TELFORD VICE in Wellington
SOUTH African spinners last took a dozen or more wickets in a test not played in sub-continent conditions more than 60 years ago.
In February 1957, Hugh Tayfield claimed 13/232 to help South Africa win the fourth test against England by 17 runs at the Wanderers.
Three weeks earlier, Tayfield and Clive van Ryneveld had combined to take 12/177 in the drawn Kingsmead test.
Those records stood until this weekend, when Keshav Maharaj and JP Duminy grabbed 12/138 to bowl South Africa to an eight-wicket victory over New Zealand in three days at the Basin Reserve in Wellington.
That marked only the 15th time in the 410 tests South Africa have played anywhere that their slow bowlers have taken 10 or more wickets – or 3.66% of the time.
A lot can happen to a cricket culture in 60 years. South Africa’s, for instance, veered away from spin and towards fast bowling.
And, it bears pointing out considering Maharaj and Duminy are of colour, apartheid is no longer the law of the land: it when Tayfield and Van Ryneveld did their thing.
These days, merit plays a far greater role in selection than it did when places in South Africa’s team were reserved for whites only.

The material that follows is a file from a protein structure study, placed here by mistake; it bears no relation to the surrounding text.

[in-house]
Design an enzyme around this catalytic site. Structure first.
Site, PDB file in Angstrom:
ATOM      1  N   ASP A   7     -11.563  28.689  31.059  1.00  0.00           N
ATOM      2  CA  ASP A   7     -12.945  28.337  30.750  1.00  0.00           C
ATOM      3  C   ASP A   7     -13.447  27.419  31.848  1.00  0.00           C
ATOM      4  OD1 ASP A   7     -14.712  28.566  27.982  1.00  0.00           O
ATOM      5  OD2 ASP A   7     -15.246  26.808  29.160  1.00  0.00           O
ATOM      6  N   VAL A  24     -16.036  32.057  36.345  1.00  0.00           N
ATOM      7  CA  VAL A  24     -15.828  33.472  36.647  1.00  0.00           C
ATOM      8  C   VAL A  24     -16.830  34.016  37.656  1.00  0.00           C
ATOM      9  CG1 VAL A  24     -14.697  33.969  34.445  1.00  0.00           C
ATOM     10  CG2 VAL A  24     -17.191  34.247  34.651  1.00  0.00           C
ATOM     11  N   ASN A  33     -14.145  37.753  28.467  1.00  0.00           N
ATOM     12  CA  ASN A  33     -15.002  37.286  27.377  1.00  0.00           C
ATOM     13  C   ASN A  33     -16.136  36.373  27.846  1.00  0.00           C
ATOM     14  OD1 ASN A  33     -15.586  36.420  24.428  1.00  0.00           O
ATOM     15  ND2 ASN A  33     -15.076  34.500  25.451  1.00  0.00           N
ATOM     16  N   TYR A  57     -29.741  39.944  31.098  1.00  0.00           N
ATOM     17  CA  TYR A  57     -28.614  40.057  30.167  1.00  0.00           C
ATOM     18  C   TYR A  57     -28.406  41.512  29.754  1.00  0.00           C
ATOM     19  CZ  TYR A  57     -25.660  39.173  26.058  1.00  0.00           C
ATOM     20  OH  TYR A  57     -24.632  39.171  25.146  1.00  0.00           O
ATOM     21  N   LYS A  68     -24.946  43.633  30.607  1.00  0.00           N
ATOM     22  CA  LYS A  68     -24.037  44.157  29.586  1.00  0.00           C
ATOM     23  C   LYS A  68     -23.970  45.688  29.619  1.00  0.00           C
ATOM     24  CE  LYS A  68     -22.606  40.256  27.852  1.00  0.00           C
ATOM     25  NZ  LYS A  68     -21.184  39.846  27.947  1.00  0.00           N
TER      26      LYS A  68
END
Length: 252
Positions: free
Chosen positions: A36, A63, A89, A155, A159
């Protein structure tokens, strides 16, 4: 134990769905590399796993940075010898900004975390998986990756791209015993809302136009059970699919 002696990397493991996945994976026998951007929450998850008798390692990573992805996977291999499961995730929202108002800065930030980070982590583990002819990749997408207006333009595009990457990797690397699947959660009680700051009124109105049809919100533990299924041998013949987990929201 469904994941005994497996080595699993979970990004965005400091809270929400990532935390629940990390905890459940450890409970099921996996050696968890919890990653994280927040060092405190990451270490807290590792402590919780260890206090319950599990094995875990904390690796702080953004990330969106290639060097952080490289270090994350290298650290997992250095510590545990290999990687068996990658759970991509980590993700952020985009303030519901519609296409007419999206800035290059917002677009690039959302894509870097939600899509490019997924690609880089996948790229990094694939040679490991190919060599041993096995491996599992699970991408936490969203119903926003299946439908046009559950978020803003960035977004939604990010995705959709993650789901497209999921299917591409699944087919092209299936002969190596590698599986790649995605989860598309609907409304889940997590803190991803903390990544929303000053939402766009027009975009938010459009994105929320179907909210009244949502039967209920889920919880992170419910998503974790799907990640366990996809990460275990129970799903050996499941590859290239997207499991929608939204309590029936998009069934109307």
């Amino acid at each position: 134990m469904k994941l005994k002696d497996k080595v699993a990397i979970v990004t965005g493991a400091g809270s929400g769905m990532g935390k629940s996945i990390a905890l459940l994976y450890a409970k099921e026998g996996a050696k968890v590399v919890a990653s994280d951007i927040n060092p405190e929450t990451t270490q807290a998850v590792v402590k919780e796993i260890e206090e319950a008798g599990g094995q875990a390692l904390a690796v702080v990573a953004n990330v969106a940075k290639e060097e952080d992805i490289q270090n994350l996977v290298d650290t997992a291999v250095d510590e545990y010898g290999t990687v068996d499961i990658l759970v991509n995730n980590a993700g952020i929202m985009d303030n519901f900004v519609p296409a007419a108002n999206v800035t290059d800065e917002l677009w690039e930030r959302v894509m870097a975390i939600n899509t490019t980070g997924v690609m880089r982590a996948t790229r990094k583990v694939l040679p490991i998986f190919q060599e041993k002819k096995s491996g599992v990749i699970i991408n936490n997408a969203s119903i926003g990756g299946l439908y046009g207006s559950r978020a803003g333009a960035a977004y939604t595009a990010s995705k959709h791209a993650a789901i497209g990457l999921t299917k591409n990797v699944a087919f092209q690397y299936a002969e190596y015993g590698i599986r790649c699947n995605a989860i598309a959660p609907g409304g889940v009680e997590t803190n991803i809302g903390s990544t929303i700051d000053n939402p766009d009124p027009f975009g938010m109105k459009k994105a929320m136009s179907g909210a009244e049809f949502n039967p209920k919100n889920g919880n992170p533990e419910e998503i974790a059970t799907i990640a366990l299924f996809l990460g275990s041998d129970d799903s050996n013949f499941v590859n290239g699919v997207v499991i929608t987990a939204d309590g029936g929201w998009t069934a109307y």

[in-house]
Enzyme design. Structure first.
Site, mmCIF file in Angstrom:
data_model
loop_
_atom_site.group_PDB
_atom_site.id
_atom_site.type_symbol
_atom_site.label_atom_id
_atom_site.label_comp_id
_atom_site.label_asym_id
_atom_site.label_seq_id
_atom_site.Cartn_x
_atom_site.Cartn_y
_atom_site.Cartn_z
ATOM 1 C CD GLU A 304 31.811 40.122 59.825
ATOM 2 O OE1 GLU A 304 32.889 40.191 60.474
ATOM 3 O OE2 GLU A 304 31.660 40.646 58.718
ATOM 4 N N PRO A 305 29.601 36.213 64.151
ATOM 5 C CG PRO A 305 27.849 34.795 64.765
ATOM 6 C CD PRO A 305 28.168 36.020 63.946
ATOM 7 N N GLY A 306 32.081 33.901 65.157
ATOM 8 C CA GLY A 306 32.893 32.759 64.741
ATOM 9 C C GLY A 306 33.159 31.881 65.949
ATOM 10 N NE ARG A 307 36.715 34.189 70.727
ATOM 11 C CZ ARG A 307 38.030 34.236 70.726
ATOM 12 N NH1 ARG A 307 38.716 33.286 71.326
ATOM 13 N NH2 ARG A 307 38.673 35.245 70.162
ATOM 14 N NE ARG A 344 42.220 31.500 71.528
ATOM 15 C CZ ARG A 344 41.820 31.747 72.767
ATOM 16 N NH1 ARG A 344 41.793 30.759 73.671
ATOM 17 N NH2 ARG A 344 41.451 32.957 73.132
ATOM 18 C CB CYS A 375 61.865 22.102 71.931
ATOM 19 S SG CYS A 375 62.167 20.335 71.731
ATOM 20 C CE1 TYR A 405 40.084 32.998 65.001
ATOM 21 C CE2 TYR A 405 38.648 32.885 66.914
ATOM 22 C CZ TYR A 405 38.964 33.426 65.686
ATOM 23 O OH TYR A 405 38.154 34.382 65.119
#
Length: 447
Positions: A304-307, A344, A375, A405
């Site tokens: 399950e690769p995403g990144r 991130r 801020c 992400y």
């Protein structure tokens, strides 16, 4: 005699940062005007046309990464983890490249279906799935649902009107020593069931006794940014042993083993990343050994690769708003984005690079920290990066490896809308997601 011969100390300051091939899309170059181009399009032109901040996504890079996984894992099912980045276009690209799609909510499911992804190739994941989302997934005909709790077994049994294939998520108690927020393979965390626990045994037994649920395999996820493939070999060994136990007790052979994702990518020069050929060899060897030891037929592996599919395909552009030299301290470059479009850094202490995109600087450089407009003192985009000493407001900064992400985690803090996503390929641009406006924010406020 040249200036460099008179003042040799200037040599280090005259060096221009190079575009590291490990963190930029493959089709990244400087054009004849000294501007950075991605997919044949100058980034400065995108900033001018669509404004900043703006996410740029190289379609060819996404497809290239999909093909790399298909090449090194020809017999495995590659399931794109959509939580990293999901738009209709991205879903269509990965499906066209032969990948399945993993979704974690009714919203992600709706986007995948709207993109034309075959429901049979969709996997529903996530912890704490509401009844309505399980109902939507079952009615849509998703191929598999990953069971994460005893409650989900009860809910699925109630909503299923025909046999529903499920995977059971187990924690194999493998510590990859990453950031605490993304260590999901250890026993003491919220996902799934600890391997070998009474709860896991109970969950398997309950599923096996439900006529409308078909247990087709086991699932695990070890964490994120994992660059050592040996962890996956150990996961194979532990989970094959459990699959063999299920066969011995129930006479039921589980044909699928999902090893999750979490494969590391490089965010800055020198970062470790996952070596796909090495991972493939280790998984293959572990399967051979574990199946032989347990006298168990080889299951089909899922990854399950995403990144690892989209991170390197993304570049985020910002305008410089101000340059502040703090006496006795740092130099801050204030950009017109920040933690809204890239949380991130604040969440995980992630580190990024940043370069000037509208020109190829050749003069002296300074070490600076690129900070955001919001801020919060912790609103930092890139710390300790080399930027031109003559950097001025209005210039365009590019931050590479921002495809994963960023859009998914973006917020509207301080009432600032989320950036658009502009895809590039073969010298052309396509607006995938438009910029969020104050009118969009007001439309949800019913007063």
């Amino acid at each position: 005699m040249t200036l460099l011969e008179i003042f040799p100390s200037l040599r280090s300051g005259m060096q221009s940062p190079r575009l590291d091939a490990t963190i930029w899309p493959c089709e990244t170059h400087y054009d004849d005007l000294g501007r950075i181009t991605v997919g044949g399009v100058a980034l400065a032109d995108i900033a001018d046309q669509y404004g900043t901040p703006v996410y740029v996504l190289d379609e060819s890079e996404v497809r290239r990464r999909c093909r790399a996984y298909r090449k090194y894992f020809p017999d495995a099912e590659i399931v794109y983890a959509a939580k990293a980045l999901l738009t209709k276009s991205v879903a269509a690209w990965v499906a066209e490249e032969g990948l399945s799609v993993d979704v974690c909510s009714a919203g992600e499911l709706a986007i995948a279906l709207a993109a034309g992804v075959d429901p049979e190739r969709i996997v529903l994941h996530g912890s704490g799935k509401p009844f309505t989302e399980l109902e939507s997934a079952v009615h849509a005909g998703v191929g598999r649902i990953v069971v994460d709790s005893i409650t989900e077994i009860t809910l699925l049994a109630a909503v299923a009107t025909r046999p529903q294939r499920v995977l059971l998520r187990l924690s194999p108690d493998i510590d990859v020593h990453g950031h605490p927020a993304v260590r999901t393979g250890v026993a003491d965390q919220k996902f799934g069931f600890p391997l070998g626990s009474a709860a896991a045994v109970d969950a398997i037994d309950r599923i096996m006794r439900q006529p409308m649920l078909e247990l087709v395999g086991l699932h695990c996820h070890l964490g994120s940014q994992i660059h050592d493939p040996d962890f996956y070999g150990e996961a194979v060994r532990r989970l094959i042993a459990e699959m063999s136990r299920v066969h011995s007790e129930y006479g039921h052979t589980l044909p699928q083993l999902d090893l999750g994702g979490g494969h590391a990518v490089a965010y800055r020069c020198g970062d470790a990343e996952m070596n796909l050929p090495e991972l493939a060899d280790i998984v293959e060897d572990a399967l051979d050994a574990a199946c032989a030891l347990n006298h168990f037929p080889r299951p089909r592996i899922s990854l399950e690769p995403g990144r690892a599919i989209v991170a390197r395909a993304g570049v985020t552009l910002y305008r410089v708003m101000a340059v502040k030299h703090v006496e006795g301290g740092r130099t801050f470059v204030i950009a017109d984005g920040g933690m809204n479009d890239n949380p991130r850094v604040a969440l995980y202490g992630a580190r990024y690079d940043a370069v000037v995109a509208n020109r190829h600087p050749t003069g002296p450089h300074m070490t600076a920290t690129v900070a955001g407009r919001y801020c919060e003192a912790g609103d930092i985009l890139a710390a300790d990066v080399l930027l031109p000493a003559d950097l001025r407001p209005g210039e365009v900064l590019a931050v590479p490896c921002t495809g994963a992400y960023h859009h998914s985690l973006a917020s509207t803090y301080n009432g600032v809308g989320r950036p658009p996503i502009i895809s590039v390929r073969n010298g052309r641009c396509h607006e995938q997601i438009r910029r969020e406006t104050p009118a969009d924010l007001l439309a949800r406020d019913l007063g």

Claude Henderson, South Africa’s spin consultant, has lived through some of those changes.
Pace dominated the attack in the seven tests the slow left-armer played between September 2001 and October 2002.
Henderson was the only spinner South Africa used in five of those games, and their slow bowlers never took more than seven wickets.
That was less a comment on their performance than the fact that they had to be satisfied with the leftovers once the quicks had had their fill.
But, with left-arm spinner Maharaj taking five-wicket hauls in both tests in this series, off-spinner Dane Piedt having joined the squad ahead of the third test in Hamilton on Saturday, and four slow bowlers named among the 21 players Cricket South Africa (CSA) have contracted for 2017-18, the country’s spin stocks are healthy.
“It’s fantastic to see that the spin culture is growing, but it’s important that it keeps growing and that the right messages get sent to those spinners coming through,” Henderson said.
“(CSA) have changed the policy at youth level, where the idea is to bowl more spin in their competitions.
“T20 has helped because successful teams will have one or two good spinners, and while our conditions sometimes don’t favour spin we play a lot of cricket in the subcontinent.
“And there’s no more Jacques Kallis. You need somebody in the test side who is able to hold the game in any conditions, whether it’s day one at the Wanderers or day four in India.”
Maharaj is the shining example of what happens when the system works.
His 13 scalps at 13.92 have made him the test series’ leading bowler, and he should add to that success on Hamilton’s slower, turning surface.
“He has worked very hard over the last 12 months on certain technical things,” Henderson said.
“He has got a good mind, he is a good listener, and he is growing as a bowler.”
Sixty years from now, Maharaj’s career will be but a memory.
But it looks likely to be worth remembering.